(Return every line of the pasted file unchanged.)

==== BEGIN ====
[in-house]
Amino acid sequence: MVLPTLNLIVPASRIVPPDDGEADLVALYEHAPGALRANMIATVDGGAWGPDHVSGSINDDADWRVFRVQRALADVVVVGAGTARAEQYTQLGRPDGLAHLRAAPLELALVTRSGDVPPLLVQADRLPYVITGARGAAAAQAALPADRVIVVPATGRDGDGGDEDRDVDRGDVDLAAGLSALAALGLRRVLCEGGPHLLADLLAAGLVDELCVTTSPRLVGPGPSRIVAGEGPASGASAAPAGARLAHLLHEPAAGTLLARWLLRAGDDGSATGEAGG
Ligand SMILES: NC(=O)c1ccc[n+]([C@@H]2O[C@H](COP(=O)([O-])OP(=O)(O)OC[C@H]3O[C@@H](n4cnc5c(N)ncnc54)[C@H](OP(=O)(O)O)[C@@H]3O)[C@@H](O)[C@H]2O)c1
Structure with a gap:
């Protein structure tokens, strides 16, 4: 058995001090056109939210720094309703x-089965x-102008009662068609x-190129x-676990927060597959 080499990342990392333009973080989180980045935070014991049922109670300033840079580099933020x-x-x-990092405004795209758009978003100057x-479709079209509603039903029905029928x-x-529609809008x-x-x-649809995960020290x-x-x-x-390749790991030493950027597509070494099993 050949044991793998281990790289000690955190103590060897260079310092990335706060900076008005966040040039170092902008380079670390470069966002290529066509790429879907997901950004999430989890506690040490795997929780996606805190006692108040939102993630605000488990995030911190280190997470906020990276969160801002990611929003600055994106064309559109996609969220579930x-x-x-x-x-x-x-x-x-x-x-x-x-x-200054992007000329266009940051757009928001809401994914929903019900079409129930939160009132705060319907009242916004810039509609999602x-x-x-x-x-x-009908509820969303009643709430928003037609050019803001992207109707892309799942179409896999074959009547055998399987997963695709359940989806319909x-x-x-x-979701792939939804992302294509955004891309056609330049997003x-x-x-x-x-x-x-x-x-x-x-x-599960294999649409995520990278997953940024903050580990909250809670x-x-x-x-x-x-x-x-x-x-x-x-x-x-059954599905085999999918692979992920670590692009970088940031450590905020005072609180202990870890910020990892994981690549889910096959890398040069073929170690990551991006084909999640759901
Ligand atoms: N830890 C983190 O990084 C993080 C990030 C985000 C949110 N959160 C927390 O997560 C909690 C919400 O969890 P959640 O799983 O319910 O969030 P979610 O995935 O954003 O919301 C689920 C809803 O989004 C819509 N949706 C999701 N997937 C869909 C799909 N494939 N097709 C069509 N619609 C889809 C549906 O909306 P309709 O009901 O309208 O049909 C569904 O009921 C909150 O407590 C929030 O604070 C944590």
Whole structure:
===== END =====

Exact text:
[in-house]
Amino acid sequence: MVLPTLNLIVPASRIVPPDDGEADLVALYEHAPGALRANMIATVDGGAWGPDHVSGSINDDADWRVFRVQRALADVVVVGAGTARAEQYTQLGRPDGLAHLRAAPLELALVTRSGDVPPLLVQADRLPYVITGARGAAAAQAALPADRVIVVPATGRDGDGGDEDRDVDRGDVDLAAGLSALAALGLRRVLCEGGPHLLADLLAAGLVDELCVTTSPRLVGPGPSRIVAGEGPASGASAAPAGARLAHLLHEPAAGTLLARWLLRAGDDGSATGEAGG
Ligand SMILES: NC(=O)c1ccc[n+]([C@@H]2O[C@H](COP(=O)([O-])OP(=O)(O)OC[C@H]3O[C@@H](n4cnc5c(N)ncnc54)[C@H](OP(=O)(O)O)[C@@H]3O)[C@@H](O)[C@H]2O)c1
Structure with a gap:
């Protein structure tokens, strides 16, 4: 058995001090056109939210720094309703x-089965x-102008009662068609x-190129x-676990927060597959 080499990342990392333009973080989180980045935070014991049922109670300033840079580099933020x-x-x-990092405004795209758009978003100057x-479709079209509603039903029905029928x-x-529609809008x-x-x-649809995960020290x-x-x-x-390749790991030493950027597509070494099993 050949044991793998281990790289000690955190103590060897260079310092990335706060900076008005966040040039170092902008380079670390470069966002290529066509790429879907997901950004999430989890506690040490795997929780996606805190006692108040939102993630605000488990995030911190280190997470906020990276969160801002990611929003600055994106064309559109996609969220579930x-x-x-x-x-x-x-x-x-x-x-x-x-x-200054992007000329266009940051757009928001809401994914929903019900079409129930939160009132705060319907009242916004810039509609999602x-x-x-x-x-x-009908509820969303009643709430928003037609050019803001992207109707892309799942179409896999074959009547055998399987997963695709359940989806319909x-x-x-x-979701792939939804992302294509955004891309056609330049997003x-x-x-x-x-x-x-x-x-x-x-x-599960294999649409995520990278997953940024903050580990909250809670x-x-x-x-x-x-x-x-x-x-x-x-x-x-059954599905085999999918692979992920670590692009970088940031450590905020005072609180202990870890910020990892994981690549889910096959890398040069073929170690990551991006084909999640759901
Ligand atoms: N830890 C983190 O990084 C993080 C990030 C985000 C949110 N959160 C927390 O997560 C909690 C919400 O969890 P959640 O799983 O319910 O969030 P979610 O995935 O954003 O919301 C689920 C809803 O989004 C819509 N949706 C999701 N997937 C869909 C799909 N494939 N097709 C069509 N619609 C889809 C549906 O909306 P309709 O009901 O309208 O049909 C569904 O009921 C909150 O407590 C929030 O604070 C944590």
Whole structure: